Agreed, it's one of my favorite parts too. It's just this nice little extra piece that takes up a half measure, turning the last chorus around so it starts two beats later than you expect. Just a nice little detail, but I totally understand how it is to throw a lot of tunes together all at once! Sometimes you have to gloss over the little things just to get the job done, I've been doing the same thing with Phish tunes lately to help out a band in a crisis. I'd love to spend the time getting them 100% learned but I just can't fit it in.Tennessee Jedi wrote:To this hack guitarist you guys sound like seasoned pros !Murphy52 wrote:
I will admit, however, that in an effort to get this band "gig ready" we learned 40 tunes very quickly. Now we are revisiting them to look for improvements to our hasty arrangements. So, this is great feedback!
I do think the part in question is a great way to release musical tension/ add resolution to some other-wise static chord changes. Good luck Murph and crew
I used to think like you, Ricky... I never liked the nitpicky nuts & bolts aspect of music much, I just liked jamming. I still prefer jams and I hate most of the "hit a bomb here" parts. (Later Bertha comes to mind, they sucked all the life right out of it when they added those stupid pre-determined hits under Jerry's solo IMHO.) But over the years I've come to appreciate the value of learning things the "correct" way. The trick is to learn the "correct" way well enough that you don't have to think about it on stage. Then you have the freedom to cover the parts or deviate when you choose, and real self-expression can happen.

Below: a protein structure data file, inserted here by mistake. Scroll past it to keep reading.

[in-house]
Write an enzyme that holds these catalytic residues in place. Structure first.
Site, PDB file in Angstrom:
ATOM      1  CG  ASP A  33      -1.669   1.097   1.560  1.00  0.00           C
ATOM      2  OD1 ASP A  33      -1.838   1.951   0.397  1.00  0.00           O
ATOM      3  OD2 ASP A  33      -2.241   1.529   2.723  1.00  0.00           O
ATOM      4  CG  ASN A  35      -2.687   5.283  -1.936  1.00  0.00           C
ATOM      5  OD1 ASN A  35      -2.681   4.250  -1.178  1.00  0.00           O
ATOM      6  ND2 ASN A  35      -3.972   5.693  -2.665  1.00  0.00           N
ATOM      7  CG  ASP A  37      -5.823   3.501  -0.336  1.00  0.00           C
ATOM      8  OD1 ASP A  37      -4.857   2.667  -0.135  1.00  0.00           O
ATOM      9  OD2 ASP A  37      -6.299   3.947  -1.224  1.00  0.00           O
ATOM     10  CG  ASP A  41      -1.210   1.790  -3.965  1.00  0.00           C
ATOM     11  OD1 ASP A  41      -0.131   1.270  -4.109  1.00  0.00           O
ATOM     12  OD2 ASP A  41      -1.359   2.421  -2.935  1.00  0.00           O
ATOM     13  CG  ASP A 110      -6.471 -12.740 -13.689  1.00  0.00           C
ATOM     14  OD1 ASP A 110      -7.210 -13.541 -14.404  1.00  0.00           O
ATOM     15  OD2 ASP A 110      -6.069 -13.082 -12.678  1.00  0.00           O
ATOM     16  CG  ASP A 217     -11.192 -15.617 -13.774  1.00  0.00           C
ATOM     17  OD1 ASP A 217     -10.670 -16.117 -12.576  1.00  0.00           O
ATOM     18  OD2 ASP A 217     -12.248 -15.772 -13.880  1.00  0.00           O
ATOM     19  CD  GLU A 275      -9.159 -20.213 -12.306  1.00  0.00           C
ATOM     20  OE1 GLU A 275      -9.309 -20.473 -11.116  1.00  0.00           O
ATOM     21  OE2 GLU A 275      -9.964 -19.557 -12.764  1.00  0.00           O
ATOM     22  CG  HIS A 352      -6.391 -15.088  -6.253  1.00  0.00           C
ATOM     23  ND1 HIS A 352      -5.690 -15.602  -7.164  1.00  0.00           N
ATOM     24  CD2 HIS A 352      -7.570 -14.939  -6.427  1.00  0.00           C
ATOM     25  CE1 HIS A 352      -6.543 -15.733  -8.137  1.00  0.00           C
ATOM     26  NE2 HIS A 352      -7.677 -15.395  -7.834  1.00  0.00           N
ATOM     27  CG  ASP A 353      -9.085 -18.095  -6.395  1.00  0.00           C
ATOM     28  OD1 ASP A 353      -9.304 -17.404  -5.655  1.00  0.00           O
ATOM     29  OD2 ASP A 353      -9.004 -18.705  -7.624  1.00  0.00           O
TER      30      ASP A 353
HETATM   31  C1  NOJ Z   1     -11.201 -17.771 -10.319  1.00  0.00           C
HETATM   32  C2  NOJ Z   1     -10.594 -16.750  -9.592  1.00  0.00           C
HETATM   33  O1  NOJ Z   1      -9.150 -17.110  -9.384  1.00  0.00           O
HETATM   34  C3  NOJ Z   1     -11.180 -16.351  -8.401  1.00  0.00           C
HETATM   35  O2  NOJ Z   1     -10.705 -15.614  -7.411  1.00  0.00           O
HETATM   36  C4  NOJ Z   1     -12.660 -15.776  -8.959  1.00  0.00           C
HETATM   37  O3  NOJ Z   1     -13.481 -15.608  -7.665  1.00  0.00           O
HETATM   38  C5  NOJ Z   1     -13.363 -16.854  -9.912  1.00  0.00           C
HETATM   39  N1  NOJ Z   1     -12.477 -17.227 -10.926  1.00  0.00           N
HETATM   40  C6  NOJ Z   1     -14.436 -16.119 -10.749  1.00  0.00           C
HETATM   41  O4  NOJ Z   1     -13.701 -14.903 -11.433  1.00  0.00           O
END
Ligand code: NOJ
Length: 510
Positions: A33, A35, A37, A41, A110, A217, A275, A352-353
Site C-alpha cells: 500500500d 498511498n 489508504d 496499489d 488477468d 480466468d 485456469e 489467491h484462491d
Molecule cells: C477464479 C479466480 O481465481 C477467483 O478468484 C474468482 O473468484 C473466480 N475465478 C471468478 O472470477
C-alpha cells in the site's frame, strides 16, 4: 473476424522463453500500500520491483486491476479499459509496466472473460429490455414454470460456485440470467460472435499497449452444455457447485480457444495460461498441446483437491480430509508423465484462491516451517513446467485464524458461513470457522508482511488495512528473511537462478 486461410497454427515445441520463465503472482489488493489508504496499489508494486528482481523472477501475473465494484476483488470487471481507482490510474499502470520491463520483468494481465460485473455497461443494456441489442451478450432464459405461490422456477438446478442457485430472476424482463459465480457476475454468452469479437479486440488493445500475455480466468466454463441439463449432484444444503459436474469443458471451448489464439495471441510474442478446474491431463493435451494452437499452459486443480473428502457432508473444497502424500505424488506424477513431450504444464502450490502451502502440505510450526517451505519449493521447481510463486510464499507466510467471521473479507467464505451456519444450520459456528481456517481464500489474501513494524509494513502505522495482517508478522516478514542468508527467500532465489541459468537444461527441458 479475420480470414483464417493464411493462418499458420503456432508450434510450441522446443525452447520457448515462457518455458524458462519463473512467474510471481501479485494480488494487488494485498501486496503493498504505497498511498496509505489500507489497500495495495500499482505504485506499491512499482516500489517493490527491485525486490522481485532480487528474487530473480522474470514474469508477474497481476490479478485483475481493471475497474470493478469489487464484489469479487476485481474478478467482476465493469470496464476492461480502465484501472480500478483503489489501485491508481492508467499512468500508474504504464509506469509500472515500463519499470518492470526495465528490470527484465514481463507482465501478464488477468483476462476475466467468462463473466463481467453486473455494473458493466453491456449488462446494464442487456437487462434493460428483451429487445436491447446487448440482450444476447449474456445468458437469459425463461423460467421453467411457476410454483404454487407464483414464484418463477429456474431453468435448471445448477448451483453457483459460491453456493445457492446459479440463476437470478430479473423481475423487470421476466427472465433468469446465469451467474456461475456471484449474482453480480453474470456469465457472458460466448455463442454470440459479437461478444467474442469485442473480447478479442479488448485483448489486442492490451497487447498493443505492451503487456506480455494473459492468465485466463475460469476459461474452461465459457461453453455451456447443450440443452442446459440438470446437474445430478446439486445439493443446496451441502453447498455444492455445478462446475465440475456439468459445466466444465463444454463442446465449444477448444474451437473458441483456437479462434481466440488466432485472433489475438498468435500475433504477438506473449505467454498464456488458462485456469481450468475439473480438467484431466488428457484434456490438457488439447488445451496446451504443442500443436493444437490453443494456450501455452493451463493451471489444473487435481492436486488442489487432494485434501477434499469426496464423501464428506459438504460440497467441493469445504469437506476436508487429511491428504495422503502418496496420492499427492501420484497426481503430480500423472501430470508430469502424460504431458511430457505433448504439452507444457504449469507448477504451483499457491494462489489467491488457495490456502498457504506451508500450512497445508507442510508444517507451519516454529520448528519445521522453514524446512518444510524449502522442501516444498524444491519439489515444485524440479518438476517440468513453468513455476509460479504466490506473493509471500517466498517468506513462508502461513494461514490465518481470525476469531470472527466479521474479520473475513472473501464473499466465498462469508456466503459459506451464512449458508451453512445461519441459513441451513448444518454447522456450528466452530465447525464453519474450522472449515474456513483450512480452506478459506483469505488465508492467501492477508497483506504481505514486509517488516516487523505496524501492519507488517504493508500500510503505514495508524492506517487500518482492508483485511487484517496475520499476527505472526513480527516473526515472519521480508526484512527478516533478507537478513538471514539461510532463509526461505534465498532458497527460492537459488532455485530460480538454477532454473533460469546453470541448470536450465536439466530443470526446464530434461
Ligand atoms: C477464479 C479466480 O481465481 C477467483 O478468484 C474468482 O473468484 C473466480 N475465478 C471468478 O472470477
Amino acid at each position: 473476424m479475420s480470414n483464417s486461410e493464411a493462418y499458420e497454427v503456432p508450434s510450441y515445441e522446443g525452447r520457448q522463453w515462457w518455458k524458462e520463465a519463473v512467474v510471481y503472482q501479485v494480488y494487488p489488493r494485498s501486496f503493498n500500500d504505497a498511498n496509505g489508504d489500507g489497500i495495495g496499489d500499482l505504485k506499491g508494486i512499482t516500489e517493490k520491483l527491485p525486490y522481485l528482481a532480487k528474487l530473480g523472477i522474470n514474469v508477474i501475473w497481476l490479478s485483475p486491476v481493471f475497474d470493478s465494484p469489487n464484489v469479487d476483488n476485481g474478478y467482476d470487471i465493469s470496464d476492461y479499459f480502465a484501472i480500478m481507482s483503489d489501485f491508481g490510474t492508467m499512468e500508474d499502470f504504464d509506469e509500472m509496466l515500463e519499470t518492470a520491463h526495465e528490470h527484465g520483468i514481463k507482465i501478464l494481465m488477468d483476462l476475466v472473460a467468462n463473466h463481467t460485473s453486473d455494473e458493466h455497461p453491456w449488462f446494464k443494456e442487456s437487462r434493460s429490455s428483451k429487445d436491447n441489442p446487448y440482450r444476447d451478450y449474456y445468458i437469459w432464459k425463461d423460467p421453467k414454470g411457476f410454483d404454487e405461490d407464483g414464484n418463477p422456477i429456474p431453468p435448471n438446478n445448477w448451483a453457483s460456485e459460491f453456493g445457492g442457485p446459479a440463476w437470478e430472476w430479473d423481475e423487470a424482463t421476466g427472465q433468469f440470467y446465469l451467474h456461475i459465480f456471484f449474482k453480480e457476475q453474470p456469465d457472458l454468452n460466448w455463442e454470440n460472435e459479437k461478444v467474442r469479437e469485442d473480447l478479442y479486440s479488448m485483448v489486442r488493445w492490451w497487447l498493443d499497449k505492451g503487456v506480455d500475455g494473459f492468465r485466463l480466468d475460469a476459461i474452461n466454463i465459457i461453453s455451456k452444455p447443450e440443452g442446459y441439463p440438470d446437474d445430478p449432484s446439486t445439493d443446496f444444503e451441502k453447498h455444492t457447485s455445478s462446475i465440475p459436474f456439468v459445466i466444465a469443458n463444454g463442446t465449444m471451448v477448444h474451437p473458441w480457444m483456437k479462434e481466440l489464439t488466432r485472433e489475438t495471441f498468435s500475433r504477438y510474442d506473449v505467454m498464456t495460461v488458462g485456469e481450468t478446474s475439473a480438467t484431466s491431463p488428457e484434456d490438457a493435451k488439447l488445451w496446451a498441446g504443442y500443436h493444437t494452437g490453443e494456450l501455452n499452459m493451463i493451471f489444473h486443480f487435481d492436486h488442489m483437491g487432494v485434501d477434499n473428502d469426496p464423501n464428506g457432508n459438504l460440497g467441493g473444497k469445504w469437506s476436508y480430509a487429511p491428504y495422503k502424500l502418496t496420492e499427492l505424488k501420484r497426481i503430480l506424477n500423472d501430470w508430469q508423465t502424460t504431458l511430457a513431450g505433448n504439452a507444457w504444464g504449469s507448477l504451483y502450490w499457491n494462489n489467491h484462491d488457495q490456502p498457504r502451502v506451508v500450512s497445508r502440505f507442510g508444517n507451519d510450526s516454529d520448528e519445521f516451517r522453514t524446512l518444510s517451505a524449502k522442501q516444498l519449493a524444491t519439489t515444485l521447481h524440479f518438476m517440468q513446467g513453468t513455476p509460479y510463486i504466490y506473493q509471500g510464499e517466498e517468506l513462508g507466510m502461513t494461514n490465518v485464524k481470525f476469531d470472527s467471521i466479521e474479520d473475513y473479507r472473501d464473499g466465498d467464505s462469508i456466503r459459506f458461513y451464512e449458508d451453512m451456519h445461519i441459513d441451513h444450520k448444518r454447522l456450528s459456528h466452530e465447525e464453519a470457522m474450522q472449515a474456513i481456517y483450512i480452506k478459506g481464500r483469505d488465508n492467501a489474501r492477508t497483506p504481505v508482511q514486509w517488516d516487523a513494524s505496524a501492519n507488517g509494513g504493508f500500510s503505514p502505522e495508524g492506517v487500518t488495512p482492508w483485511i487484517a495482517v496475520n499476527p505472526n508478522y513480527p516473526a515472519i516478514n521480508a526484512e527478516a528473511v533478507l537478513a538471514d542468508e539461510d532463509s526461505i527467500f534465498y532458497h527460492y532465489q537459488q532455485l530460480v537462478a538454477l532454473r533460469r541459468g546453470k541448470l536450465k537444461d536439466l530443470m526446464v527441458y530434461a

Charlie Parker had the best quotes on the topic:
You've got to learn your instrument. Then, you practice, practice, practice. And then, when you finally get up there on the bandstand, forget all that and just wail.
This quote has occurred with in many different phrasings, including: "Learn the changes, then forget them."